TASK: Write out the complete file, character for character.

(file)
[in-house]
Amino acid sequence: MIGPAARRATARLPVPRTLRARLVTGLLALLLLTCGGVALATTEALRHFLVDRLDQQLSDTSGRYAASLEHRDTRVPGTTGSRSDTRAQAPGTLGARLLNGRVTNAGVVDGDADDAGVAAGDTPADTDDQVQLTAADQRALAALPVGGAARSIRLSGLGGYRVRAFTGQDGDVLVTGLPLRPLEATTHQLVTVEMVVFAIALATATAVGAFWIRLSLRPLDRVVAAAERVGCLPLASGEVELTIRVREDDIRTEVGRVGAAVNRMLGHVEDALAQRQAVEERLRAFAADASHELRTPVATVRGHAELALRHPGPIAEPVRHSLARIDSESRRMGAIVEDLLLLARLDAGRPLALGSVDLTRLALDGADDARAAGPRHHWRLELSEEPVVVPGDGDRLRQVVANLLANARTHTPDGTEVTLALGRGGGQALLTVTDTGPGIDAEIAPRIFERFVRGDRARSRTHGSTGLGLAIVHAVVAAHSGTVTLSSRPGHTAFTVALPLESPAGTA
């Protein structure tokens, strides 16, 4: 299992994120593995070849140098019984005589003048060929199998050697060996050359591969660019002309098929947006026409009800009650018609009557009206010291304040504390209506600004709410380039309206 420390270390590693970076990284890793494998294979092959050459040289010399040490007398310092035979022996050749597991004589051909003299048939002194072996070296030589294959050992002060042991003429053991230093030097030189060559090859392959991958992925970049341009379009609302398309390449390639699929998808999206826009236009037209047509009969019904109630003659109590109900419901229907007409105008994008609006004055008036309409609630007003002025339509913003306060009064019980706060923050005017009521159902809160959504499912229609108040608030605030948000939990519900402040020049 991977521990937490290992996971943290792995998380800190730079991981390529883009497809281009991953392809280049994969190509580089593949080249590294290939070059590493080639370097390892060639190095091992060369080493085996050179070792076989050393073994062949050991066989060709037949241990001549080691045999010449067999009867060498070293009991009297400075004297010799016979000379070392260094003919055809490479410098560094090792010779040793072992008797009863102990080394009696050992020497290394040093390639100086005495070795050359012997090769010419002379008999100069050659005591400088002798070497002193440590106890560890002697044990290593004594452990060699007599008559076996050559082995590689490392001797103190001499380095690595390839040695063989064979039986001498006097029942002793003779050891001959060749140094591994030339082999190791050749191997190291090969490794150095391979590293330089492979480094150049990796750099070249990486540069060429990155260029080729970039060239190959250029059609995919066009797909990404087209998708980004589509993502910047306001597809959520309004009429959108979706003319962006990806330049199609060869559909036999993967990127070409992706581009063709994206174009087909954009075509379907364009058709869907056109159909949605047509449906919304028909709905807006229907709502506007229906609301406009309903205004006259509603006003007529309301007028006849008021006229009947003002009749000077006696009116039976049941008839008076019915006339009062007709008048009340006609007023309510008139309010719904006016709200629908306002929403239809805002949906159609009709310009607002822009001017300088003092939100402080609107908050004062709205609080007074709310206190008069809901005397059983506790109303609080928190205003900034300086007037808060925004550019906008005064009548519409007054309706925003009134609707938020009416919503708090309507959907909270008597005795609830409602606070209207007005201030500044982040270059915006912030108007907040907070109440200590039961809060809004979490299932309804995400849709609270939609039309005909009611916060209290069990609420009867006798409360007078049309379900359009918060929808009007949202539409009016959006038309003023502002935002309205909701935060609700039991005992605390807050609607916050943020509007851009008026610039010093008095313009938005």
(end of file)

[in-house]
Amino acid sequence: MIGPAARRATARLPVPRTLRARLVTGLLALLLLTCGGVALATTEALRHFLVDRLDQQLSDTSGRYAASLEHRDTRVPGTTGSRSDTRAQAPGTLGARLLNGRVTNAGVVDGDADDAGVAAGDTPADTDDQVQLTAADQRALAALPVGGAARSIRLSGLGGYRVRAFTGQDGDVLVTGLPLRPLEATTHQLVTVEMVVFAIALATATAVGAFWIRLSLRPLDRVVAAAERVGCLPLASGEVELTIRVREDDIRTEVGRVGAAVNRMLGHVEDALAQRQAVEERLRAFAADASHELRTPVATVRGHAELALRHPGPIAEPVRHSLARIDSESRRMGAIVEDLLLLARLDAGRPLALGSVDLTRLALDGADDARAAGPRHHWRLELSEEPVVVPGDGDRLRQVVANLLANARTHTPDGTEVTLALGRGGGQALLTVTDTGPGIDAEIAPRIFERFVRGDRARSRTHGSTGLGLAIVHAVVAAHSGTVTLSSRPGHTAFTVALPLESPAGTA
């Protein structure tokens, strides 16, 4: 299992994120593995070849140098019984005589003048060929199998050697060996050359591969660019002309098929947006026409009800009650018609009557009206010291304040504390209506600004709410380039309206 420390270390590693970076990284890793494998294979092959050459040289010399040490007398310092035979022996050749597991004589051909003299048939002194072996070296030589294959050992002060042991003429053991230093030097030189060559090859392959991958992925970049341009379009609302398309390449390639699929998808999206826009236009037209047509009969019904109630003659109590109900419901229907007409105008994008609006004055008036309409609630007003002025339509913003306060009064019980706060923050005017009521159902809160959504499912229609108040608030605030948000939990519900402040020049 991977521990937490290992996971943290792995998380800190730079991981390529883009497809281009991953392809280049994969190509580089593949080249590294290939070059590493080639370097390892060639190095091992060369080493085996050179070792076989050393073994062949050991066989060709037949241990001549080691045999010449067999009867060498070293009991009297400075004297010799016979000379070392260094003919055809490479410098560094090792010779040793072992008797009863102990080394009696050992020497290394040093390639100086005495070795050359012997090769010419002379008999100069050659005591400088002798070497002193440590106890560890002697044990290593004594452990060699007599008559076996050559082995590689490392001797103190001499380095690595390839040695063989064979039986001498006097029942002793003779050891001959060749140094591994030339082999190791050749191997190291090969490794150095391979590293330089492979480094150049990796750099070249990486540069060429990155260029080729970039060239190959250029059609995919066009797909990404087209998708980004589509993502910047306001597809959520309004009429959108979706003319962006990806330049199609060869559909036999993967990127070409992706581009063709994206174009087909954009075509379907364009058709869907056109159909949605047509449906919304028909709905807006229907709502506007229906609301406009309903205004006259509603006003007529309301007028006849008021006229009947003002009749000077006696009116039976049941008839008076019915006339009062007709008048009340006609007023309510008139309010719904006016709200629908306002929403239809805002949906159609009709310009607002822009001017300088003092939100402080609107908050004062709205609080007074709310206190008069809901005397059983506790109303609080928190205003900034300086007037808060925004550019906008005064009548519409007054309706925003009134609707938020009416919503708090309507959907909270008597005795609830409602606070209207007005201030500044982040270059915006912030108007907040907070109440200590039961809060809004979490299932309804995400849709609270939609039309005909009611916060209290069990609420009867006798409360007078049309379900359009918060929808009007949202539409009016959006038309003023502002935002309205909701935060609700039991005992605390807050609607916050943020509007851009008026610039010093008095313009938005």